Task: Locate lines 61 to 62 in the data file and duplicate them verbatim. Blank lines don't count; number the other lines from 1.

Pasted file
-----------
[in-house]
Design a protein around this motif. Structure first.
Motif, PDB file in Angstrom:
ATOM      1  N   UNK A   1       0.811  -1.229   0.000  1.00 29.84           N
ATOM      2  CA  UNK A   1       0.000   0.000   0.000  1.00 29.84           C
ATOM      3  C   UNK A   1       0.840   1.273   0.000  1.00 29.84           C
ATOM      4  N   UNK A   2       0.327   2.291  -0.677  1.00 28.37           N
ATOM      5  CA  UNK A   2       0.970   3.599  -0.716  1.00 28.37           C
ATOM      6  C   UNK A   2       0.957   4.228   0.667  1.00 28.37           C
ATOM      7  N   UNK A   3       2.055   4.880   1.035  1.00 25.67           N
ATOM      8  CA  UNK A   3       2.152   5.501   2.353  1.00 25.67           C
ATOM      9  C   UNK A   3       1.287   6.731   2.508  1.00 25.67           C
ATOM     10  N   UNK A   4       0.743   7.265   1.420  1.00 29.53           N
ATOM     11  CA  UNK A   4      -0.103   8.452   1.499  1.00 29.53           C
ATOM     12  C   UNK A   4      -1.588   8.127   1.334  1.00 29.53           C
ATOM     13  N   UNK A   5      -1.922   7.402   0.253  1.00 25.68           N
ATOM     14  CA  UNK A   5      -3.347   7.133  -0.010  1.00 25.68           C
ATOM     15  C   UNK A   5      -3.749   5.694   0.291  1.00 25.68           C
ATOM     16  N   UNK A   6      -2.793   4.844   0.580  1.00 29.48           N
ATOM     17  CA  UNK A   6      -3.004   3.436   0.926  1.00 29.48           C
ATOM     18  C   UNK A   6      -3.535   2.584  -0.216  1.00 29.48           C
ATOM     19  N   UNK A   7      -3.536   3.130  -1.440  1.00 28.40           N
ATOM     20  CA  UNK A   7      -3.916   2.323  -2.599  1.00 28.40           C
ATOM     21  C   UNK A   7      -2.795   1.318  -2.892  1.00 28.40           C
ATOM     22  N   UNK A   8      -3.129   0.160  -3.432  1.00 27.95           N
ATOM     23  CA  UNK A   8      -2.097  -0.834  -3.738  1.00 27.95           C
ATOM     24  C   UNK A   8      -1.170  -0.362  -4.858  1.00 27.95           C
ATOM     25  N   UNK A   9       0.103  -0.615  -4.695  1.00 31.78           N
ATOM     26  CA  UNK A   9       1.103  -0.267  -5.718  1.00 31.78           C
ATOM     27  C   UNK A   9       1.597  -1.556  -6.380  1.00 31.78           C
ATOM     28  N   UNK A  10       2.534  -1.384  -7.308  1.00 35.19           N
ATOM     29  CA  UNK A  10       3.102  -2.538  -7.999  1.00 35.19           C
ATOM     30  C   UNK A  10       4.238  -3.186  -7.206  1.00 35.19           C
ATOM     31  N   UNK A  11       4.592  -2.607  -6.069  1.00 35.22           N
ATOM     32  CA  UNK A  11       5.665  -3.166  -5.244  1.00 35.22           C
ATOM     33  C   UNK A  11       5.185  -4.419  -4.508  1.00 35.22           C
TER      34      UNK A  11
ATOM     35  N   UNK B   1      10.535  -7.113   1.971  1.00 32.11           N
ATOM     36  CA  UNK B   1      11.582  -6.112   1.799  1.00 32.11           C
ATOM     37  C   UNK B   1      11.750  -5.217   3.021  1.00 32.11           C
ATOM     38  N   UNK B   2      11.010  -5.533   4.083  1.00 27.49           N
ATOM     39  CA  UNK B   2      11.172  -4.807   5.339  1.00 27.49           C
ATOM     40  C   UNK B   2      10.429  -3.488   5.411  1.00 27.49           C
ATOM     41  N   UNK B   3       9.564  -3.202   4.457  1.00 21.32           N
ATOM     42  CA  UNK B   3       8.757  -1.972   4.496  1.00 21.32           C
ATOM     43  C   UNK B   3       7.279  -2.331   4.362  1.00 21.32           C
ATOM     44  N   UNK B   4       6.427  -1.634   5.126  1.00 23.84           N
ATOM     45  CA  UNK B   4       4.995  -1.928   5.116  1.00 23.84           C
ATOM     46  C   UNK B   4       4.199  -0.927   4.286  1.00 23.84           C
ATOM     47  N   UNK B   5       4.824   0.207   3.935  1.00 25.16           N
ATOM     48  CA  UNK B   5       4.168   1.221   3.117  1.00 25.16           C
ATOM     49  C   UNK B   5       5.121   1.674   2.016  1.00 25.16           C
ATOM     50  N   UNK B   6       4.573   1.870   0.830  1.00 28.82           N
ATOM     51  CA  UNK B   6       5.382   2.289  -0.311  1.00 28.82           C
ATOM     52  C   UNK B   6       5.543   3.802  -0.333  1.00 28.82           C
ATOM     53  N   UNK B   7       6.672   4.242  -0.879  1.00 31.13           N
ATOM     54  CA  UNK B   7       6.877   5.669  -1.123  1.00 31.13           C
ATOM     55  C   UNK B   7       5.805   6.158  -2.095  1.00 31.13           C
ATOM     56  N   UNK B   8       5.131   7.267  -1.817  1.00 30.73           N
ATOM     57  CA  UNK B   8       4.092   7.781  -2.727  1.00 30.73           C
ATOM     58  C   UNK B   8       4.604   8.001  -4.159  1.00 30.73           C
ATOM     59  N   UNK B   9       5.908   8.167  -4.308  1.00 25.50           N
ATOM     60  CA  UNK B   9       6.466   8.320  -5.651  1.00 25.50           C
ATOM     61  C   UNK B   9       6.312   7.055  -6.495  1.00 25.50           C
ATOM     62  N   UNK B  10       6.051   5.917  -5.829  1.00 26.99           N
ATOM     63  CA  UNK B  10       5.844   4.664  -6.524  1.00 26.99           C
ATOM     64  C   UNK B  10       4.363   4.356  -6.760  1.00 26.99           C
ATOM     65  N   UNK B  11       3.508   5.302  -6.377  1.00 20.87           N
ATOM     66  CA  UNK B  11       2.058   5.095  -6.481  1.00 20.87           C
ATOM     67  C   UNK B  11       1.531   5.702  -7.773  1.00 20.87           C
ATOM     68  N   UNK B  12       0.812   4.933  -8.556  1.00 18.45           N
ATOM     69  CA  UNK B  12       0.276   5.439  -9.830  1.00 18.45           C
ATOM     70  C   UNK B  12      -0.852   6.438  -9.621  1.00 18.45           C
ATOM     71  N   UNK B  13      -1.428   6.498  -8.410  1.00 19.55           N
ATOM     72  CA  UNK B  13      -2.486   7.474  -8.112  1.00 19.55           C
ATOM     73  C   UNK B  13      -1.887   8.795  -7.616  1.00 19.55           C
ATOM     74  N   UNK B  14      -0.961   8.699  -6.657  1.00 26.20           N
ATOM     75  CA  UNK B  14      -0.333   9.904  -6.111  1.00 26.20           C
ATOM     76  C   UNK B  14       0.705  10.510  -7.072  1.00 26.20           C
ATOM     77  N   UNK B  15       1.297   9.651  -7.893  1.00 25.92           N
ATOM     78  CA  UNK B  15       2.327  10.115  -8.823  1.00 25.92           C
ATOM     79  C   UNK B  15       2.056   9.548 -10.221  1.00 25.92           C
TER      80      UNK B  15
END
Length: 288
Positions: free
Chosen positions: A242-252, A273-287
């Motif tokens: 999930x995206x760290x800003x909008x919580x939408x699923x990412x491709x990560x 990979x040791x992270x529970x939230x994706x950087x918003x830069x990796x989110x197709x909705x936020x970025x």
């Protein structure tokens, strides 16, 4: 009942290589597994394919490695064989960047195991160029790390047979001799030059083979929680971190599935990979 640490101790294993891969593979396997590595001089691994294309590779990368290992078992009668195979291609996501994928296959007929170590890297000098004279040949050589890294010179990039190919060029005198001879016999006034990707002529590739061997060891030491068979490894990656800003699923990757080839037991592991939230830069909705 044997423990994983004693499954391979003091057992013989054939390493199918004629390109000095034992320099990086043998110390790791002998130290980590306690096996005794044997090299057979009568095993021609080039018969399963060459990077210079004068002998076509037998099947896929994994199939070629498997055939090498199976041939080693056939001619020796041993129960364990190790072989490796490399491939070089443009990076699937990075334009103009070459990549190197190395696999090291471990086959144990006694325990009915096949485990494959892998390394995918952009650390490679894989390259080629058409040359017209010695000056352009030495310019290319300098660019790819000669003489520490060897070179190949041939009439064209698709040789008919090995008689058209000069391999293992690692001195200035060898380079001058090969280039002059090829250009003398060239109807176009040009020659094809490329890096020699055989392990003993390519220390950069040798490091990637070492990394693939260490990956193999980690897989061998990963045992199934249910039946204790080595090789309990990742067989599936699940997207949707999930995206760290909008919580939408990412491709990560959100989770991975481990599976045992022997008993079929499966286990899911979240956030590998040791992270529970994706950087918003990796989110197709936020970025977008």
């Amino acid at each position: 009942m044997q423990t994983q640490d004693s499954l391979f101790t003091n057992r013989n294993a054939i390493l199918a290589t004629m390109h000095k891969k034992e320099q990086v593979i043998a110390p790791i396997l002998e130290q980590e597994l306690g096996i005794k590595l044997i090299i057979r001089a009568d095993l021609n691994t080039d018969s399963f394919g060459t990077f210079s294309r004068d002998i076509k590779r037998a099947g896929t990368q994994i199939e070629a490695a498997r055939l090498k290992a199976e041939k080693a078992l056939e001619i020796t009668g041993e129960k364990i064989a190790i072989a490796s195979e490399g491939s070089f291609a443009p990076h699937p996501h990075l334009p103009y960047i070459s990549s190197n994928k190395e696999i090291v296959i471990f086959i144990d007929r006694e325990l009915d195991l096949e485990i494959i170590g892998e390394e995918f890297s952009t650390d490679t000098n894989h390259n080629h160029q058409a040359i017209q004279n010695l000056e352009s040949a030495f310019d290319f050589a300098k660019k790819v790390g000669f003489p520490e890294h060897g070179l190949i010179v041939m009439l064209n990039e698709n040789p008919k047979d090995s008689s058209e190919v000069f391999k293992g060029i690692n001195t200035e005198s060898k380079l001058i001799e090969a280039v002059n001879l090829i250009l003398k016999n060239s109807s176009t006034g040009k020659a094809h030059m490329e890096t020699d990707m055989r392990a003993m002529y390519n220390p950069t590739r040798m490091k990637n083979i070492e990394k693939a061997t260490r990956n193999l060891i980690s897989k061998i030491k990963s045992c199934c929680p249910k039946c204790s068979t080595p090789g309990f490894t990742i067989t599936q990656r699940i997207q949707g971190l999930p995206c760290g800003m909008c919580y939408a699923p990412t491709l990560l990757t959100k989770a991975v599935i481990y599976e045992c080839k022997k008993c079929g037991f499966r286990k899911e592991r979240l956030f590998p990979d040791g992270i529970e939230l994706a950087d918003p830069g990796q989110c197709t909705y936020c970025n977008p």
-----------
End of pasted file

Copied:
ATOM     58  C   UNK B   8       4.604   8.001  -4.159  1.00 30.73           C
ATOM     59  N   UNK B   9       5.908   8.167  -4.308  1.00 25.50           N